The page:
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Talks resume between Israeli, Palestinian officials

JERUSALEM—Top aides to Israeli Prime Minister Ariel Sharon met Wednesday with senior advisers to Palestinian leader Mahmoud Abbas as Israel resumed diplomatic contacts with the Palestinian Authority.

Negotiators said they were laying the foundation for a meeting soon between Sharon and Abbas.

Israel, which had broken off contact two weeks ago to protest Palestinian violence, reopened talks after Abbas ordered Palestinian troops to the Gaza Strip border to prevent rocket fire into Israel.

Israel's army said it would suspend targeted killings of Palestinian militants provided the lull in recent attacks persists.

The restoration of high-level contacts is recognition by Israel that Palestinian Authority President Abbas appears to have succeeded in reining in rocket attacks on Israeli towns and has opened talks with militant Palestinian groups about the possibility of a formal cease-fire.

"Contacts were resumed in wake of the positive developments in the Palestinian Authority and the effort to prevent terrorism," a statement by Sharon's office said.

For his part, Abbas called the talks "promising in all aspects."

There were other signs of rapprochement. Abbas reportedly told his security chiefs to prepare for the Israeli army to withdraw its troops from five West Bank cities—Ramallah, Tulkarem, Kalkilya, Bethlehem and Jericho—within the next 10 days, while Israeli and Palestinian commanders met in southern Gaza to finalize details on the deployment of Palestinian soldiers along the Israel-Gaza border.

Representing Abbas at Wednesday's meeting were Palestinian Negotiations Minister Saeb Erekat, Palestinian Cabinet secretary Hassan Abu Libdeh and Mohammed Dahlan, a powerful Palestinian security figure.

Representing the Israelis were Dov Weisglass, Shalom Turjeman and Assaf Shariv, all senior aides to Sharon.

"The fact that the meeting was conducted was an achievement," said Sharon spokesman Ranaan Gissin. "We demanded the Palestinians take steps to start to end the violence, and they did take those steps."

The death of Palestinian leader Yasser Arafat, coupled with the willingness of Hamas to engage in talks about a possible cease-fire, has thrown open "a real window of opportunity," Gissin said.

Gissin said the Israelis would soon reopen the cargo crossing between Israel and Gaza at Karni, which was shut down after Palestinian commandos killed six Israelis there this month.

"If they continue to take real steps to stop terror and incitement, that will pave the way back to the road map," Gissin said, referring to the U.S.-sponsored plan for peace, which calls on Israel to halt settlement expansion in the occupied Palestinian territories and for the Palestinians to halt all political violence.

U.S. Assistant Secretary of State Williams Burns arrived Wednesday night for talks with both sides. He's expected to discuss the embryonic cease-fire and how to get both parties to live up to their road map obligations.

Palestinian Cabinet member Abu Libdeh said a summit between Sharon and Abbas was possible within two weeks if differences over the agenda can be ironed out when the representatives meet again next week.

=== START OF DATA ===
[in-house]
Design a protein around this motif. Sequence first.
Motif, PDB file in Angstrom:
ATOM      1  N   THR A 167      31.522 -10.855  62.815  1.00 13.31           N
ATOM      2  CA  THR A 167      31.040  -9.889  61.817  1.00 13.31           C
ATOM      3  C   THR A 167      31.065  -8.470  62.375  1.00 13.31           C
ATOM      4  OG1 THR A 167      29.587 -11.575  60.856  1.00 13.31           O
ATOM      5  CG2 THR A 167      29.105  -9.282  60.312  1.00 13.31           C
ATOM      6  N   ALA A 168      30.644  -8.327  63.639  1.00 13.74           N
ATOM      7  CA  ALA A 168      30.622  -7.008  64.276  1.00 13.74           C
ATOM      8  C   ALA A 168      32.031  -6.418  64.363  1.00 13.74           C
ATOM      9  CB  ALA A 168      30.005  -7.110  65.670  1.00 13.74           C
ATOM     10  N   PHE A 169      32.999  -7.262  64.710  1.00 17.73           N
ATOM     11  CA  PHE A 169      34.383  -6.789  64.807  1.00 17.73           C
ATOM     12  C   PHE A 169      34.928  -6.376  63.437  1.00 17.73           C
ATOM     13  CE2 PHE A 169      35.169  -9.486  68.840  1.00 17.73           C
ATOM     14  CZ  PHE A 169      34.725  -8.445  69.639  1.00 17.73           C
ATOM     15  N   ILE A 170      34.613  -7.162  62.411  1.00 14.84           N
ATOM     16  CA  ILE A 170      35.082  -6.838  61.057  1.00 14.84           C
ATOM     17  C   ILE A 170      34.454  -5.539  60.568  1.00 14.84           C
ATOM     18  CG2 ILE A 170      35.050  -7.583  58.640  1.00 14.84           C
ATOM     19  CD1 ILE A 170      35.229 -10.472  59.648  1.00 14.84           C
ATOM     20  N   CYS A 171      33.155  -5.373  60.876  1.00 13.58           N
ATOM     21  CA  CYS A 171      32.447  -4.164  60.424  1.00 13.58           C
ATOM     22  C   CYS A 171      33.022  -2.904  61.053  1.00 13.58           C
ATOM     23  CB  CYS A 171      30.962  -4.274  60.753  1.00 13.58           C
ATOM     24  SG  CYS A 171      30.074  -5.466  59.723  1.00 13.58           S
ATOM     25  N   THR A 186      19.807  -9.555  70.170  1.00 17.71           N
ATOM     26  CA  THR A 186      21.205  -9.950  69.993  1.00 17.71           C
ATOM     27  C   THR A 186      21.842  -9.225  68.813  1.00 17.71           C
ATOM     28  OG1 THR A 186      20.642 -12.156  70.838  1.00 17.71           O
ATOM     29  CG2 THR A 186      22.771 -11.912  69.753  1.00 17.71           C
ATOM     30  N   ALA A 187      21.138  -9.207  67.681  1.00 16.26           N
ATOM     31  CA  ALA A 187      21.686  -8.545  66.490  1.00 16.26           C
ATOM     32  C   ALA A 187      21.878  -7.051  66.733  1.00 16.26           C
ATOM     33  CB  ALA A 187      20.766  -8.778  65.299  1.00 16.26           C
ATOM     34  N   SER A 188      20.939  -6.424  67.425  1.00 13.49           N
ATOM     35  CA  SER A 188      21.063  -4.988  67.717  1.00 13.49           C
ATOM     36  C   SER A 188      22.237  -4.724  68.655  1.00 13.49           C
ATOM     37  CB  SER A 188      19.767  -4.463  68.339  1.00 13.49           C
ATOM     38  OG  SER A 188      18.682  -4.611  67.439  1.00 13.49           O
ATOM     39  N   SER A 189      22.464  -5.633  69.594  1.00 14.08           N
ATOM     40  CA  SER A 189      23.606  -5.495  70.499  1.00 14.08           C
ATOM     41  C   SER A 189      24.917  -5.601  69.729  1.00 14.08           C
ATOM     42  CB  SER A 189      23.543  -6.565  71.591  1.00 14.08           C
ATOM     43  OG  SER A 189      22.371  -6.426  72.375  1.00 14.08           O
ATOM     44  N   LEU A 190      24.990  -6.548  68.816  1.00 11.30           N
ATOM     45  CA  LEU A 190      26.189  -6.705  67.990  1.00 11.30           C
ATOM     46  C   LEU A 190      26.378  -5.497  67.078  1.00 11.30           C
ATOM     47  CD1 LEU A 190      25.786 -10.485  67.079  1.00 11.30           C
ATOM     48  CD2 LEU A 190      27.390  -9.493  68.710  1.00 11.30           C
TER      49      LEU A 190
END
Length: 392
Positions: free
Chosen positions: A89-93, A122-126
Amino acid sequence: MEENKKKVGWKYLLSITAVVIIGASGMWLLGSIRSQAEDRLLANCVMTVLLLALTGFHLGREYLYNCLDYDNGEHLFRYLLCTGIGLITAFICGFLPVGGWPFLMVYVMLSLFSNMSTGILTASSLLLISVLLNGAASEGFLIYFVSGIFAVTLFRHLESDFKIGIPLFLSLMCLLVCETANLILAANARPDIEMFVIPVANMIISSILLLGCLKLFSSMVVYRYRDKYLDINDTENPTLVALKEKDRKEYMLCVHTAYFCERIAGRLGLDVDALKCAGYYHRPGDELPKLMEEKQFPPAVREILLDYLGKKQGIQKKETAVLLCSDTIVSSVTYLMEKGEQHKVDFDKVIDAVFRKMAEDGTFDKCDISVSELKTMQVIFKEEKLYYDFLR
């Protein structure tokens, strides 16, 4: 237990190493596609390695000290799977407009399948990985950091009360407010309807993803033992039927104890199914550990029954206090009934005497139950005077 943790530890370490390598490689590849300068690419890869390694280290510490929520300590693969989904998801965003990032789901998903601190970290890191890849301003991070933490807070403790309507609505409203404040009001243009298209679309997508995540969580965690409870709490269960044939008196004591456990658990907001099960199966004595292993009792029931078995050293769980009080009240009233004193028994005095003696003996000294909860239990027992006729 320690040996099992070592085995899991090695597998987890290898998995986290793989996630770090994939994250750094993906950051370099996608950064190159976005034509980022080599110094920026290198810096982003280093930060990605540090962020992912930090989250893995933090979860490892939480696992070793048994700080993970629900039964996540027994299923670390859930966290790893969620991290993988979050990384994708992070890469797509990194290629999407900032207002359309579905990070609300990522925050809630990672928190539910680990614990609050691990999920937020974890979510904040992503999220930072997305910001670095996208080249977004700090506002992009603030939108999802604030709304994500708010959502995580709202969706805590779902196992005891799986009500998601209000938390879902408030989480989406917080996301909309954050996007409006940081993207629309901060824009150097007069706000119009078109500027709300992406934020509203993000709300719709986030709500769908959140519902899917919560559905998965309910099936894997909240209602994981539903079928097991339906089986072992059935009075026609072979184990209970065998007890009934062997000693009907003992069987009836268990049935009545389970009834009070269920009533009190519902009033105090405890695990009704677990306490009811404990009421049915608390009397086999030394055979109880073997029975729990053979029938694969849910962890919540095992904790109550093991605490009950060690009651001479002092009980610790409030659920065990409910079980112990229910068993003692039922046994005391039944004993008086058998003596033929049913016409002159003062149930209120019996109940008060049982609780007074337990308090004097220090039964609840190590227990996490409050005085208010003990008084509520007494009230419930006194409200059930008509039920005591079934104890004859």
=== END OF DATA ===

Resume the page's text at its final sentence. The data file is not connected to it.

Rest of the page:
He said the issues under discussion include "revival of engagement by both sides on the road map, a regime of confidence-building measures and coordination mechanisms that will allow the two sides to avoid deterioration" when they hit hurdles.

"This is a process which is very fragile, which is constructed on an incremental basis," Libdeh said.

There's been little violence in recent days, though there were a number of Israeli-Palestinian clashes Wednesday.

A Palestinian preschooler was killed in her home when Israeli soldiers in Deir el-Balah opened fire after militants fired a rocket into Israel, the preschoolers' relatives said. The army confirmed that its soldiers had fired, but offered no information on casualties.

In the West Bank town of Kalkilya, Israeli troops shot and killed a member of Hamas and wounded two members of al Aqsa Martyrs' Brigade, the armed wing of Abbas' Fatah faction, the army said.

The stepped-up operation prompted a spokesman for al Aqsa to say his

group will respond militarily if Israel doesn't cease its raids within the next two days.

Jewish settlers briefly disrupted the meeting of Israeli and Palestinian commanders in southern Gaza by throwing stones and deflating the tires of participants' cars, Israeli police said.

Settler Ayala Ezran told Israel Army Radio that the demonstrators were angry that Palestinian officials met with the Israeli commanders so close to the settlement of Neve Dekalim.

Israel is slated to dismantle all 21 Jewish settlements in the Gaza Strip and four in the West Bank this summer.

An Israeli army spokesman said it was premature to discuss reports that Israel was ready to withdraw from the five West Bank cities. But Israeli Defense Minister Shaul Mofaz said in radio interviews last weekend that Israel was ready to hand over security control in West Bank cities as soon as Palestinian security forces were ready to

assume responsibility there.

Mofaz, who was traveling outside Israel Wednesday, and Dahlan, the Palestinian

security adviser, are expected to meet this week.


(Matza reports for The Philadelphia Inquirer. Knight Ridder news assistant Cliff Churgin contributed to this report.)


(c) 2005, Knight Ridder/Tribune Information Services.

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